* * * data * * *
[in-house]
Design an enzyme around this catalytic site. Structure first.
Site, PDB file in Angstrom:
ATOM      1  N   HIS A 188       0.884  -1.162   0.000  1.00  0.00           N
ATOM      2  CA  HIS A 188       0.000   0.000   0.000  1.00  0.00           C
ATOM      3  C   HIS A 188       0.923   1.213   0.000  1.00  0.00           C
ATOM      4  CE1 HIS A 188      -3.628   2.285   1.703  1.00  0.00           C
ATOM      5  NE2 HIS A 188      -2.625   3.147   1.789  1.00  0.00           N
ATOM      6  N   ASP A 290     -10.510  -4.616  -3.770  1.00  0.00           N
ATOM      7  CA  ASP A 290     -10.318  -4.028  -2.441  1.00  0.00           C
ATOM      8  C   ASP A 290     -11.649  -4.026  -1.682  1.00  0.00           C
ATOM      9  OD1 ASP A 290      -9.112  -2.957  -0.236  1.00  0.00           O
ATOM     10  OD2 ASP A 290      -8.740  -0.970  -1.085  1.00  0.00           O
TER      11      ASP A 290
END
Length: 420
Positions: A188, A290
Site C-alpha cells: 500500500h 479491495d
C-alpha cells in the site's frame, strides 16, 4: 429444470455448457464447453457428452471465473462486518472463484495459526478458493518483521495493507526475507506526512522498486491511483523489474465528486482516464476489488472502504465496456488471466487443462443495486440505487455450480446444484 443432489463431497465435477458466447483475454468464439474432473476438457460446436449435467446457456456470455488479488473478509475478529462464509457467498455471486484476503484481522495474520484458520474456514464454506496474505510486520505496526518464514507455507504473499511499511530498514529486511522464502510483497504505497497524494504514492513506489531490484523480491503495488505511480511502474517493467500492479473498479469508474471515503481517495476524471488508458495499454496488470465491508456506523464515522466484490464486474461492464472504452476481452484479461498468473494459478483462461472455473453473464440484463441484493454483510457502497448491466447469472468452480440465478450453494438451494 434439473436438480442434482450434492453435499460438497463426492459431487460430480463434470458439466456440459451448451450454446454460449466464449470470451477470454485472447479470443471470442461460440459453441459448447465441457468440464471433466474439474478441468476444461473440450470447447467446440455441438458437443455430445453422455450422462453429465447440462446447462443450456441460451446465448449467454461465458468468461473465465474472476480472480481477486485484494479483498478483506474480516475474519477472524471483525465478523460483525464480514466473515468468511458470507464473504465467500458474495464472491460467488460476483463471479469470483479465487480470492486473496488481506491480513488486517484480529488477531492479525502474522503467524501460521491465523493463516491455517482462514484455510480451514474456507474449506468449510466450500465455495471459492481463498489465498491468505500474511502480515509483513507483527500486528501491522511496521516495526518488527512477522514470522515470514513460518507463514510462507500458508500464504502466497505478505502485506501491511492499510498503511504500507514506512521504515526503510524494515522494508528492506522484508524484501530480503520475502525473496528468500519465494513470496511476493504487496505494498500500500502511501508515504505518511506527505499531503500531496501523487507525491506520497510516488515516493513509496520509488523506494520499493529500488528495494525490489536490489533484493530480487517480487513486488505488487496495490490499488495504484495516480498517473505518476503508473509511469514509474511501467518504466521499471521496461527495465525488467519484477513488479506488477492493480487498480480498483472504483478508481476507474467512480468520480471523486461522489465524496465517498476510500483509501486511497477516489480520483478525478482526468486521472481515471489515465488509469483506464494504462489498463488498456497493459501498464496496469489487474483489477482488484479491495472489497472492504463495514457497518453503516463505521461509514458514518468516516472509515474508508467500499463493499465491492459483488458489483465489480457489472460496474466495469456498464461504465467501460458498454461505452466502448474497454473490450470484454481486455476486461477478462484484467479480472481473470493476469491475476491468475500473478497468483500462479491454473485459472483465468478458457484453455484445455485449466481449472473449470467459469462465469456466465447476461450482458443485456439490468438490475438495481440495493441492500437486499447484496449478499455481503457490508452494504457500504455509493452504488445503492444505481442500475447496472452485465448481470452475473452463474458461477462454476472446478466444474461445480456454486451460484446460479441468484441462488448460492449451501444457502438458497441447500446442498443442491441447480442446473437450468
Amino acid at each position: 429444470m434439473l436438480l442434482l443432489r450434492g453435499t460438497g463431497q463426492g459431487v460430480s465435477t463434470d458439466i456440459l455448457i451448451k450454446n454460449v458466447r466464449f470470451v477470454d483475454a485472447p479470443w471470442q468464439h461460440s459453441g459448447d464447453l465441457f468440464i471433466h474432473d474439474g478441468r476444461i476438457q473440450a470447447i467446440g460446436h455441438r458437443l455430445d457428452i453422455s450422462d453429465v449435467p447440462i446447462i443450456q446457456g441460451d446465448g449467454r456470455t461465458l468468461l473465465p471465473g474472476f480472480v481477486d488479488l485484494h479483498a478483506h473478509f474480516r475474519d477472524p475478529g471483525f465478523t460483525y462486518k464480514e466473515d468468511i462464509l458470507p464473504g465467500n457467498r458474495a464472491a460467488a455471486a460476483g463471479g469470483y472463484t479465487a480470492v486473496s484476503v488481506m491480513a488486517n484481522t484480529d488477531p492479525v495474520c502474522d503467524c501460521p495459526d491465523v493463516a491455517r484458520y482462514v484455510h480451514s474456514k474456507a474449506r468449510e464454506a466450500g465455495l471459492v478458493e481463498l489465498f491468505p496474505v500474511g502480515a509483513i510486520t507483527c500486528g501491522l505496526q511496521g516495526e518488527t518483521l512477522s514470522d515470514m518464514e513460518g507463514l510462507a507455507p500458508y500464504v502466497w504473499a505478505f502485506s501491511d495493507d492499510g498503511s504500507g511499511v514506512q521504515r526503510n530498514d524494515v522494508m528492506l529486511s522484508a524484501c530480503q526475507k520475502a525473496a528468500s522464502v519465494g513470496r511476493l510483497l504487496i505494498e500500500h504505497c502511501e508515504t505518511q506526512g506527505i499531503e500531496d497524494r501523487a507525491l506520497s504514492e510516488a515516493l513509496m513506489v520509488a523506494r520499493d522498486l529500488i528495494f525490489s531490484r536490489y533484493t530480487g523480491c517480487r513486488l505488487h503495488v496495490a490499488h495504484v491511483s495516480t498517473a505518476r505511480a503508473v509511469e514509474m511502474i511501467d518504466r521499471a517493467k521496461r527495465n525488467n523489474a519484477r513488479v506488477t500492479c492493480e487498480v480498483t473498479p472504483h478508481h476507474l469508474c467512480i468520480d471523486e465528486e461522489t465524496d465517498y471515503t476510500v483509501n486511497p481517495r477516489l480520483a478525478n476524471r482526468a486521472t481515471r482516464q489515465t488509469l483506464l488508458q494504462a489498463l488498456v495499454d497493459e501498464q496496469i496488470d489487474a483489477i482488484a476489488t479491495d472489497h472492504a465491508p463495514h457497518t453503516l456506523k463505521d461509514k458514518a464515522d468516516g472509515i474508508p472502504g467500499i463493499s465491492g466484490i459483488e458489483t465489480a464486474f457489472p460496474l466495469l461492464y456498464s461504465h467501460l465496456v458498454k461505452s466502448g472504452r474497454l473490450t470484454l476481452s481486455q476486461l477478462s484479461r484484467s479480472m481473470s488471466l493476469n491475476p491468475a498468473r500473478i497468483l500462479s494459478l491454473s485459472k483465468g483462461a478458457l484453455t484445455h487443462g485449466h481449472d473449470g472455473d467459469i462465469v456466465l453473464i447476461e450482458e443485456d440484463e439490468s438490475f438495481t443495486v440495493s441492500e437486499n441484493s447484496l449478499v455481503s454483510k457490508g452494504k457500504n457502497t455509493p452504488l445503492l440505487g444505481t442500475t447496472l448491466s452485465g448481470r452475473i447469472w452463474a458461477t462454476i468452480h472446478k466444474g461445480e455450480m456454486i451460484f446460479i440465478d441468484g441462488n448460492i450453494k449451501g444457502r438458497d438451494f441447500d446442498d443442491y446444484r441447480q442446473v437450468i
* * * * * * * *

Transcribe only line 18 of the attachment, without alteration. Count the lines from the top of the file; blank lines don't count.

Site C-alpha cells: 500500500h 479491495d